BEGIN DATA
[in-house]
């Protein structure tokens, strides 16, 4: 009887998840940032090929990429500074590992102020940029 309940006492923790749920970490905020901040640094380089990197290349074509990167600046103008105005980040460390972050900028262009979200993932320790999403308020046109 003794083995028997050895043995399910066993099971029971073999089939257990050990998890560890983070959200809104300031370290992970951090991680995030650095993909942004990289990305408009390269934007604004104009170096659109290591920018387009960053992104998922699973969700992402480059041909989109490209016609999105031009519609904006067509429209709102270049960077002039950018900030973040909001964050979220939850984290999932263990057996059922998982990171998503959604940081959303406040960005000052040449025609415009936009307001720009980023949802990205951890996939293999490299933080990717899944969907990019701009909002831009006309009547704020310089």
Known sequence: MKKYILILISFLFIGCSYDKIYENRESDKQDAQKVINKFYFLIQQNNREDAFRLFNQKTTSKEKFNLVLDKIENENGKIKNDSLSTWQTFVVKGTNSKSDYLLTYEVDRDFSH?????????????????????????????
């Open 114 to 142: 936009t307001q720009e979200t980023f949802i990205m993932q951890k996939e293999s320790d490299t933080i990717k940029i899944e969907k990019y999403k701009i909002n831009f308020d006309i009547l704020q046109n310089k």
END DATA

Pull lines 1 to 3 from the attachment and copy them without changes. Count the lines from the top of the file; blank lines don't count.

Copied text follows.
[in-house]
């Protein structure tokens, strides 16, 4: 009887998840940032090929990429500074590992102020940029 309940006492923790749920970490905020901040640094380089990197290349074509990167600046103008105005980040460390972050900028262009979200993932320790999403308020046109 003794083995028997050895043995399910066993099971029971073999089939257990050990998890560890983070959200809104300031370290992970951090991680995030650095993909942004990289990305408009390269934007604004104009170096659109290591920018387009960053992104998922699973969700992402480059041909989109490209016609999105031009519609904006067509429209709102270049960077002039950018900030973040909001964050979220939850984290999932263990057996059922998982990171998503959604940081959303406040960005000052040449025609415009936009307001720009980023949802990205951890996939293999490299933080990717899944969907990019701009909002831009006309009547704020310089």
Known sequence: MKKYILILISFLFIGCSYDKIYENRESDKQDAQKVINKFYFLIQQNNREDAFRLFNQKTTSKEKFNLVLDKIENENGKIKNDSLSTWQTFVVKGTNSKSDYLLTYEVDRDFSH?????????????????????????????